Japan seems to be a football loving country, especially if the enthousiasm of the neigbourhood children playing football in the street is a good way to measure that. Continue Reading
When Kyoto gets ‘too hot to handle’ the best thing to do is to search ways to cool down. You can hide indoors and put the airco on, but this city has too many good opportunities to do otherwise.
At the Kyomo site with brand new machiya-style houses we found a small but exciting exhibition of light-objects.
At Kyomo a modern interpretation on machiya’s can be seen. These houses combine old traditional styles with new elements.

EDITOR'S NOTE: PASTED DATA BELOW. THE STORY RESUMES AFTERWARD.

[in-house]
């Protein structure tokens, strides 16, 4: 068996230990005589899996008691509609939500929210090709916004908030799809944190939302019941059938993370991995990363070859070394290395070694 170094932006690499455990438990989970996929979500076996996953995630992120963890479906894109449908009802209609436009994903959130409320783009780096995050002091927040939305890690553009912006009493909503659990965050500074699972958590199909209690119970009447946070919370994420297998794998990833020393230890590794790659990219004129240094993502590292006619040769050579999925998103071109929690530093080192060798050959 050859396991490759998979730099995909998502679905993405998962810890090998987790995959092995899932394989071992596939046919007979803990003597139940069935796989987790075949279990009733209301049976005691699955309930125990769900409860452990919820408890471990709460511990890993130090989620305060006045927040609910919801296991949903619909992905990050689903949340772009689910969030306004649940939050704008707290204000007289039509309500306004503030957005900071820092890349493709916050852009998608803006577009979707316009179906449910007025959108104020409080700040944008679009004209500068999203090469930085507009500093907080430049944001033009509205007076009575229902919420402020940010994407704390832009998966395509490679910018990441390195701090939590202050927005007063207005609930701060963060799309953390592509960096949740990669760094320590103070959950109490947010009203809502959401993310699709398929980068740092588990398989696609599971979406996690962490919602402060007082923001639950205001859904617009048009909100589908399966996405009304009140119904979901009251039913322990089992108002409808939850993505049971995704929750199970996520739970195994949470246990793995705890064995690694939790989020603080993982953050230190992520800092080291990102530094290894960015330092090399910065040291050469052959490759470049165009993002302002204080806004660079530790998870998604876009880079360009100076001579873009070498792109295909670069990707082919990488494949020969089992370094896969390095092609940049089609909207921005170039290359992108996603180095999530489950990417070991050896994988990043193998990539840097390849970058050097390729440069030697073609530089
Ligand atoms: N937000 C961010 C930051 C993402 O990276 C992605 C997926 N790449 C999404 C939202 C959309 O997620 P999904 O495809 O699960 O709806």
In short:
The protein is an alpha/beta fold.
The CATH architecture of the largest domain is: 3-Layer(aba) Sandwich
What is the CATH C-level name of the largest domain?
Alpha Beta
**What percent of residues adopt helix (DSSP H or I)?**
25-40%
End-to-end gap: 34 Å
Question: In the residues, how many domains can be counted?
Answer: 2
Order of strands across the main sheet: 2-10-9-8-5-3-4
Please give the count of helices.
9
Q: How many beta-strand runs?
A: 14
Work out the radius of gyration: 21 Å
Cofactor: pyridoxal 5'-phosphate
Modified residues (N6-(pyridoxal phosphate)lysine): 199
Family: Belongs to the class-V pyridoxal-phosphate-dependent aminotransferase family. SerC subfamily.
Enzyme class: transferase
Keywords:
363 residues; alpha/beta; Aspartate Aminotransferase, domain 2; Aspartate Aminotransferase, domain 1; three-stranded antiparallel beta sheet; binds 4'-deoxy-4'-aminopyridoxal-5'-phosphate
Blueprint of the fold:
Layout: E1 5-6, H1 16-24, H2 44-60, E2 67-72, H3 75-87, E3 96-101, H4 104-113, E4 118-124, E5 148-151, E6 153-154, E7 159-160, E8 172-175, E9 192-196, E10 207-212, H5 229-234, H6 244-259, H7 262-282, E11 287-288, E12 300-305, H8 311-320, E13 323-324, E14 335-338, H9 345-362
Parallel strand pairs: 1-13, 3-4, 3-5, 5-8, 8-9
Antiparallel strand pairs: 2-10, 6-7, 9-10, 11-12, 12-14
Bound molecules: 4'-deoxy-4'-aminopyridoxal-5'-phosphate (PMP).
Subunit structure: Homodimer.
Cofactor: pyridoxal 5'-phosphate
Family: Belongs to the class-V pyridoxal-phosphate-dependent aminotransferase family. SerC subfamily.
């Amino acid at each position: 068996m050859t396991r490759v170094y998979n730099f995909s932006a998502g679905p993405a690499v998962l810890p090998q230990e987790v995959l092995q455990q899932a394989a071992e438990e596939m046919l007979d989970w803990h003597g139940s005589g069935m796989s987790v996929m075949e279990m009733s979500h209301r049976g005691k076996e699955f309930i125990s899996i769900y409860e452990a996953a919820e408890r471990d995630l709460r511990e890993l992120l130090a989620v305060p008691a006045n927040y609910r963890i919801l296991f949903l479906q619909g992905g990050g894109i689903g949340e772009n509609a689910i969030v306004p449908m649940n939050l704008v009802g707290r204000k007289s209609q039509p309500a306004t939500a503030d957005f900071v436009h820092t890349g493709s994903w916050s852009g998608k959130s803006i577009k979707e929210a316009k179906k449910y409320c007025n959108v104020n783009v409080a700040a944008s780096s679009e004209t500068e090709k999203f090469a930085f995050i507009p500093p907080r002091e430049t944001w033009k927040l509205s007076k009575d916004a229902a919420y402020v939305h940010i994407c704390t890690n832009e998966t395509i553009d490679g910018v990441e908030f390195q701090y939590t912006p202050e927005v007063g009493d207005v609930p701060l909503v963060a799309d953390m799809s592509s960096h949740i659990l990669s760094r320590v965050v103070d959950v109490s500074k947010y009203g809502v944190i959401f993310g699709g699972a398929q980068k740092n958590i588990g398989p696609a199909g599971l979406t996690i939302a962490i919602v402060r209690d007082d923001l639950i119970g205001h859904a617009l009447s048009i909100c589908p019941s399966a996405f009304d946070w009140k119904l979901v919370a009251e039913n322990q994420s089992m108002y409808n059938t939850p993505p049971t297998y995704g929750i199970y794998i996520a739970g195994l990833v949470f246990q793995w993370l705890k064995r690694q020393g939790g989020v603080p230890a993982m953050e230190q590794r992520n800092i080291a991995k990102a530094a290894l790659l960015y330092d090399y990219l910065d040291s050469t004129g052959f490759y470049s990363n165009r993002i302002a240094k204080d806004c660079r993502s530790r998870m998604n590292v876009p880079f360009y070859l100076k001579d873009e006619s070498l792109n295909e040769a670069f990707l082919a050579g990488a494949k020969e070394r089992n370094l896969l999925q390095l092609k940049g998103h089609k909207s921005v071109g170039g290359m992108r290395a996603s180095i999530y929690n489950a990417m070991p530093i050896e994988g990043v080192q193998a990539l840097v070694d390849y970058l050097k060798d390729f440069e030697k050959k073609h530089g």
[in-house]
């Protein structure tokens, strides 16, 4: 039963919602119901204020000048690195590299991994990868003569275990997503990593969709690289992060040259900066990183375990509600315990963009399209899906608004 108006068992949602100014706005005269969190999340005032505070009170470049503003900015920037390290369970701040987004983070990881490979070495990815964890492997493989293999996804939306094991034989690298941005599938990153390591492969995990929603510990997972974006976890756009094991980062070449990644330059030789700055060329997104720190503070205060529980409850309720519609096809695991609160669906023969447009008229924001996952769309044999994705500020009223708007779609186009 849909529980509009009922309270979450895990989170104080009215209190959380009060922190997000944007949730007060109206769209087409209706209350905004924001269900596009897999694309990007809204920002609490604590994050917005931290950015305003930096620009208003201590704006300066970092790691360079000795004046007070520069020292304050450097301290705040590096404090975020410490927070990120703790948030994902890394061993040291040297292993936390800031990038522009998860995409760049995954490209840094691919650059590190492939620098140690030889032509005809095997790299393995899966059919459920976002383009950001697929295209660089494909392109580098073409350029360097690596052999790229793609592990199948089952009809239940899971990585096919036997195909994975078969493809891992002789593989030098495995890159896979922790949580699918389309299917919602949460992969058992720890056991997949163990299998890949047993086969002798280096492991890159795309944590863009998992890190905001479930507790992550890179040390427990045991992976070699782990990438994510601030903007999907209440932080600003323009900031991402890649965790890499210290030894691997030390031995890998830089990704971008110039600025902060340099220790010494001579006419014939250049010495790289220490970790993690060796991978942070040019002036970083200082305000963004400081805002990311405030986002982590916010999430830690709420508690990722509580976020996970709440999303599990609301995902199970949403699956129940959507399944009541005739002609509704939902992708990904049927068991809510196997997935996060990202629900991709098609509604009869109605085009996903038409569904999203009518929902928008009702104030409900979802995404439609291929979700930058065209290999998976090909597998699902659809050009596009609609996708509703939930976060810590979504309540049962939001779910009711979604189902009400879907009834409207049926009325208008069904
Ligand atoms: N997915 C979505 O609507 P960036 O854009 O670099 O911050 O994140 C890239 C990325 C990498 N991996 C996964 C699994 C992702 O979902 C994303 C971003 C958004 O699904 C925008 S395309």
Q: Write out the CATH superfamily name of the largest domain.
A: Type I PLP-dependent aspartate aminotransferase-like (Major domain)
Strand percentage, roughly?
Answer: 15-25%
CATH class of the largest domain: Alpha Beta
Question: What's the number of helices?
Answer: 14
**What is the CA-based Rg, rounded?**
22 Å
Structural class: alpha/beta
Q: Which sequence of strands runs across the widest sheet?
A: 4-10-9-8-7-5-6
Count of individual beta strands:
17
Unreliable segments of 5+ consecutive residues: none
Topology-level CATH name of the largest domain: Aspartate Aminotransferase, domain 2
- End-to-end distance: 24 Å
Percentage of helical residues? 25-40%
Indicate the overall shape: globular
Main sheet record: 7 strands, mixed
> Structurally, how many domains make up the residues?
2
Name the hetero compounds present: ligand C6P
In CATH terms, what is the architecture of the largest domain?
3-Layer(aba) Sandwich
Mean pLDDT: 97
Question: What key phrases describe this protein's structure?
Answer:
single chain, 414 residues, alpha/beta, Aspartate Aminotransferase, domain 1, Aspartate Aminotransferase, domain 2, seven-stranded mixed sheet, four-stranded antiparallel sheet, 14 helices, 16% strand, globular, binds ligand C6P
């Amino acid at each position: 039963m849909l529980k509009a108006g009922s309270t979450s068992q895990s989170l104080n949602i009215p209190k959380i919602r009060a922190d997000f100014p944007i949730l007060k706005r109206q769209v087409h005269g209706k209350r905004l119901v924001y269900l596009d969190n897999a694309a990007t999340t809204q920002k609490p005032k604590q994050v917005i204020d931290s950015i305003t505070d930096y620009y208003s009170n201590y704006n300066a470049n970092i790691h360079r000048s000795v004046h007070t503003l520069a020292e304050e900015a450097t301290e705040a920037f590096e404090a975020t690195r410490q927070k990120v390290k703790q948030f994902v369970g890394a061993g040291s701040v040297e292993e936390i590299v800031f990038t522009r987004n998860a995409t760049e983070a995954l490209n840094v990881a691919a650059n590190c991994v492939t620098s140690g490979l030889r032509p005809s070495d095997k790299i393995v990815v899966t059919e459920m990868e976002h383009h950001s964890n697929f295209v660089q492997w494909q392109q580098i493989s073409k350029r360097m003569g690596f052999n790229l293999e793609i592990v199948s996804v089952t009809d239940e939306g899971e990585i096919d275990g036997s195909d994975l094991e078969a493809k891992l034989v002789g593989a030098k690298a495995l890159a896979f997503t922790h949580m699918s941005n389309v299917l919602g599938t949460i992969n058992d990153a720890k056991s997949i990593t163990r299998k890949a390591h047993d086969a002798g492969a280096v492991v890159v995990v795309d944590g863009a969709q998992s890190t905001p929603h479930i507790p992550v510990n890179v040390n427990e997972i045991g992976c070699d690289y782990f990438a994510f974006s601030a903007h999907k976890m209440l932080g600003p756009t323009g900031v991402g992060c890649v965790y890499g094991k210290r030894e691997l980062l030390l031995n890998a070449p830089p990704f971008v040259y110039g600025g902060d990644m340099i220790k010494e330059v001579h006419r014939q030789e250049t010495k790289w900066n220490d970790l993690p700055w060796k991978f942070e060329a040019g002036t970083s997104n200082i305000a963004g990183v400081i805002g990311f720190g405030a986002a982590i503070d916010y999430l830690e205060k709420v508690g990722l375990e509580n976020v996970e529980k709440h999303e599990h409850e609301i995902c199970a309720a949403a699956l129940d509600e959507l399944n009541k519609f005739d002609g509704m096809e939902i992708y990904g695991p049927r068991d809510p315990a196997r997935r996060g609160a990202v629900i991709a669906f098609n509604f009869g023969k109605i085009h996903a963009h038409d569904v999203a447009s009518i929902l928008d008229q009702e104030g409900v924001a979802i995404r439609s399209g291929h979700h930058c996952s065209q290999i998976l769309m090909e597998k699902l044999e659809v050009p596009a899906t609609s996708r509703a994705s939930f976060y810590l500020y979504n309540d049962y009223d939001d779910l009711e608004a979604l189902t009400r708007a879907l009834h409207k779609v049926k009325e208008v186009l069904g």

In Japan most of the restaurants have their own speciality, like sushi or yakitori and won’t serve anything else.
Sometimes in Kyoto I come across traditions I don’t fully understand. Like the wearing of these armors by children (boys) during the Yoroi Kizome Ceremony (coming of age festival).
In a machiya the zashiki (or guest room) is the room to receive your guests. The machiya where we live in has a very nice zashiki, which we use as the actual living, and hang out when we have guests.
Cafe bibliotic HELLO! is a to a cafe converted machiya.
In Kyoto you can see these buckets everywhere. Kyoto is a city of traditions and of keeping traditions as well.
Painting the mountain with the moon
Painting a line – walking as experimentation
Up and down
Presentation @Art Safiental 2020